International Cartoon Day is a testament to the power of art, satire, and humor in advocating for freedom of expression and human rights. It highlights the resilience of cartoonists who have faced adversity and persecution for their work, such as Arifur Rahman.
This observance encourages people to recognize the vital role of cartoons in our society and to stand in solidarity with cartoonists who continue pushing boundaries and challenging societal norms. It serves as a reminder that freedom of speech is a cornerstone of democratic societies and must be protected and upheld.
The Legacy of Arifur Rahman
The case of Arifur Rahman, whose cartoon led to the establishment of International Cartoon Day, underscores many cartoonists’ struggles in pursuing creative expression. Rahman’s story is a stark reminder of the challenges of restrictive laws and societal pressures, especially when addressing sensitive religious or political topics.
Rahman’s experience also serves as a testament to the resilience of individuals willing to endure personal sacrifice for the sake of their art and their commitment to free speech. His release following international pressure demonstrated the collective power of human rights organizations, advocacy groups, and individuals in championing the principles of freedom of expression.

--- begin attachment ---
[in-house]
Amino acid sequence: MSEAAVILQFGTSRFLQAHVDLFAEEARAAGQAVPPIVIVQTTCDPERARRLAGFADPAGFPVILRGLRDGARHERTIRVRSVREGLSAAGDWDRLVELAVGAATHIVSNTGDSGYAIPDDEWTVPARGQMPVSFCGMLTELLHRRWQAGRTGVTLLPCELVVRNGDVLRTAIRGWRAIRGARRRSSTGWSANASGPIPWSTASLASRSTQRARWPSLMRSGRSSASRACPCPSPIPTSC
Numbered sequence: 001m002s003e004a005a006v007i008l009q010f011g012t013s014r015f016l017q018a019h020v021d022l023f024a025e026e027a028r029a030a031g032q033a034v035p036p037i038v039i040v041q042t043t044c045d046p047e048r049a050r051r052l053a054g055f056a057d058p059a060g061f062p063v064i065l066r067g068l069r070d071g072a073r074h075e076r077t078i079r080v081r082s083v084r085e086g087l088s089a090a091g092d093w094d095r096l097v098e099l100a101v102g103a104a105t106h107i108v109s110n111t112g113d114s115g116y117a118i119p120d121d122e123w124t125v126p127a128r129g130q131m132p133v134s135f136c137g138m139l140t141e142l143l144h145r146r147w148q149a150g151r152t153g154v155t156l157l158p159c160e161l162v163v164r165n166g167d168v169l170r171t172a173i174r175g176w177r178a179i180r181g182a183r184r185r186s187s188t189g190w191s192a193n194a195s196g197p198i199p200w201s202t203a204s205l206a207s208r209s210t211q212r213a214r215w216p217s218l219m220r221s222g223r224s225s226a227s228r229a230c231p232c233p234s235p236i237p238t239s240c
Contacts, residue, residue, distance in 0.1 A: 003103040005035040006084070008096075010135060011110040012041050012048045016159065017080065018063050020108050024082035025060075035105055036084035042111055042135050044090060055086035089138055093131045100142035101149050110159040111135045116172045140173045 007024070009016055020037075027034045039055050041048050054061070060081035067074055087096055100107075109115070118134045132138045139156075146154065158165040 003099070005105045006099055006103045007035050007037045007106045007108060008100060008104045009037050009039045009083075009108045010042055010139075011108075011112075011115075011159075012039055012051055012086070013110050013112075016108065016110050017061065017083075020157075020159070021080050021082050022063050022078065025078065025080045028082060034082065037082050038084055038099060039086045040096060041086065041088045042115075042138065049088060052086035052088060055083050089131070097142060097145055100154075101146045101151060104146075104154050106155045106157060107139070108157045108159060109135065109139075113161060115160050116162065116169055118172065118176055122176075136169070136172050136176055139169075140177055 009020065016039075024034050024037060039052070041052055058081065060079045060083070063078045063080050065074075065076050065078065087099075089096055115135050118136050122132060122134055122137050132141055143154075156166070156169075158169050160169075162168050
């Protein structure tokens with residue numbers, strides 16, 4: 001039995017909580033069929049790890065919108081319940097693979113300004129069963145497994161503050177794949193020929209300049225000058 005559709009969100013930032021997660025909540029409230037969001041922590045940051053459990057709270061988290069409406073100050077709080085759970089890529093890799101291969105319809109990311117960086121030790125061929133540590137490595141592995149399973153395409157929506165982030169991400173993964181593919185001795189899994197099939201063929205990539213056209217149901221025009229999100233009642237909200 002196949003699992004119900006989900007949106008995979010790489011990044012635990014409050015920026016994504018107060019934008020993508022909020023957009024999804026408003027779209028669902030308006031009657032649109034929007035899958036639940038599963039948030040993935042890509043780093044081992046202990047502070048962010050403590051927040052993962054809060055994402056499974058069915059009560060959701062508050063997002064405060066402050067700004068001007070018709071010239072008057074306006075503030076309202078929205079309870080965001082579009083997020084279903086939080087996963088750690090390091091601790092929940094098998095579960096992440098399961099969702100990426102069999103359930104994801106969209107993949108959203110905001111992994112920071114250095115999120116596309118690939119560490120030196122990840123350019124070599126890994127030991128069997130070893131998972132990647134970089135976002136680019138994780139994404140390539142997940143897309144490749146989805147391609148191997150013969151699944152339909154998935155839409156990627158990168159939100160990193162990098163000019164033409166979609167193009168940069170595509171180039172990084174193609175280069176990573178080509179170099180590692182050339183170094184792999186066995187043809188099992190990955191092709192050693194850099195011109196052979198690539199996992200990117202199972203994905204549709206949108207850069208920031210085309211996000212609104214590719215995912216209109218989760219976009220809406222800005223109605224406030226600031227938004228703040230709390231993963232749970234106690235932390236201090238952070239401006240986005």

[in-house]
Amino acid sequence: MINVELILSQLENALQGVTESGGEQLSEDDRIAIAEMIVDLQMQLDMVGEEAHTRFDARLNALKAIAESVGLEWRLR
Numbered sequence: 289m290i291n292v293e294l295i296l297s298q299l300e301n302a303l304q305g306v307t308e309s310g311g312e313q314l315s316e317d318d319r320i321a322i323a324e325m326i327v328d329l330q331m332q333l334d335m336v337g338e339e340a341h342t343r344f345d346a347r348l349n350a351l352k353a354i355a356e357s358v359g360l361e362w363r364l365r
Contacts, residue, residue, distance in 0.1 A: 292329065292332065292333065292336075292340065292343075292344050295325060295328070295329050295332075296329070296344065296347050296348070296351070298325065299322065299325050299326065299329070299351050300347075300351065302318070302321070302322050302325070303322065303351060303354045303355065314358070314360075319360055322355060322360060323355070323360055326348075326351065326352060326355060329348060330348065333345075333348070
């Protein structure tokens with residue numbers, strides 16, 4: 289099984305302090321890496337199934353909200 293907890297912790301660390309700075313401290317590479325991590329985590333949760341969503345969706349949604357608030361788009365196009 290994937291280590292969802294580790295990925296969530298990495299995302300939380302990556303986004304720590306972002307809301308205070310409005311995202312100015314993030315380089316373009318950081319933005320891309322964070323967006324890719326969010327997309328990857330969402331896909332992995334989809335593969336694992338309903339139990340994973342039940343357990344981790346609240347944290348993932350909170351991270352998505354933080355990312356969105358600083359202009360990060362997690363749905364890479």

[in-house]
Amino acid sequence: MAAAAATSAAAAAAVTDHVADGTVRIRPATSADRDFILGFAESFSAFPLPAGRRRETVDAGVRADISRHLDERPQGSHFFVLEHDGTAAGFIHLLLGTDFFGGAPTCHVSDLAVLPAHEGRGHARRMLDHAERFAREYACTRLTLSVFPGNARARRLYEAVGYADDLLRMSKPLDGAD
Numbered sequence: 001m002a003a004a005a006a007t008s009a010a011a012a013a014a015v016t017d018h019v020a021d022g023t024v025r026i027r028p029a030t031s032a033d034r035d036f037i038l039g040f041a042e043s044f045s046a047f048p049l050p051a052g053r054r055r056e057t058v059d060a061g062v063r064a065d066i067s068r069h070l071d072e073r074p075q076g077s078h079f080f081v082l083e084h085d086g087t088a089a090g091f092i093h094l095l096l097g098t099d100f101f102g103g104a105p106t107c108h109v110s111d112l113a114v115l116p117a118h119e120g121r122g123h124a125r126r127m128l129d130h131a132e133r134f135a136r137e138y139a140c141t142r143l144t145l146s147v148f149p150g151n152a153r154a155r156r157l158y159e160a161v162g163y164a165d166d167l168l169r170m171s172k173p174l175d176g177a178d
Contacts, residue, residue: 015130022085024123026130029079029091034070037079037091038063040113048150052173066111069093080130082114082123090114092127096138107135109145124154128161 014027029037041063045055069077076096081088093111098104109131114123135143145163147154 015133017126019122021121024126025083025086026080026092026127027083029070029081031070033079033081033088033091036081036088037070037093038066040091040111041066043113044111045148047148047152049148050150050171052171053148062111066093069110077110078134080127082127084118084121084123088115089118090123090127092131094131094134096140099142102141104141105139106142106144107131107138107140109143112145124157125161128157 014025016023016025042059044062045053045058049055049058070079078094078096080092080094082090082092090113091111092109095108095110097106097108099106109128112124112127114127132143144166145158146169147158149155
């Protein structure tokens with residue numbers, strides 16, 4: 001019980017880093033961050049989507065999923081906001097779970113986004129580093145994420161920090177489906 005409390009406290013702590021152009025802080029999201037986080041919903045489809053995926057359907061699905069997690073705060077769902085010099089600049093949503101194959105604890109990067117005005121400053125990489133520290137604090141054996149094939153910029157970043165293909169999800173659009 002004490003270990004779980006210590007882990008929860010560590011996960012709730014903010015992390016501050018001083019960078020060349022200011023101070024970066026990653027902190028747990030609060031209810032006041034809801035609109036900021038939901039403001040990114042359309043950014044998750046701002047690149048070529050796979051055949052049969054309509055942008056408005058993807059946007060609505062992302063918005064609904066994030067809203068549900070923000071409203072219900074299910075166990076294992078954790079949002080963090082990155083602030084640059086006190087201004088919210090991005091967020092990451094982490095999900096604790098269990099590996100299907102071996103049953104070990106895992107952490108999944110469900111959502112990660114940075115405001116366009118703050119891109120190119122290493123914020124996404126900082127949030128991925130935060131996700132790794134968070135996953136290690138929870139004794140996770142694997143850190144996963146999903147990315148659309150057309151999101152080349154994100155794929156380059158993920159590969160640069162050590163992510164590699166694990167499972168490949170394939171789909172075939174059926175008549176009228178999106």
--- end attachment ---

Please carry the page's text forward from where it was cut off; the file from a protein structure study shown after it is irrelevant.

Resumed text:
International Cartoon Day, born out of the adversity faced by Arifur Rahman in Bangladesh, has evolved into a global celebration of the art of cartooning and a staunch defense of freedom of expression. This day provides a platform for cartoonists to share their creativity, humor, and social commentary with the world. It also calls on society to recognize the importance of preserving freedom of speech, even in the face of controversy and opposition.
Arifur Rahman’s story reminds me of some artists’ sacrifices to express their views, emphasizing the need to protect the right to free speech for all. International Cartoon Day is a tribute to cartoonists’ resilience and ability to use humor and art as powerful tools for change. As we celebrate International Cartoon Day each year, we should remember the lessons of the past and reaffirm our commitment to protecting freedom of expression for cartoonists and artists around the world.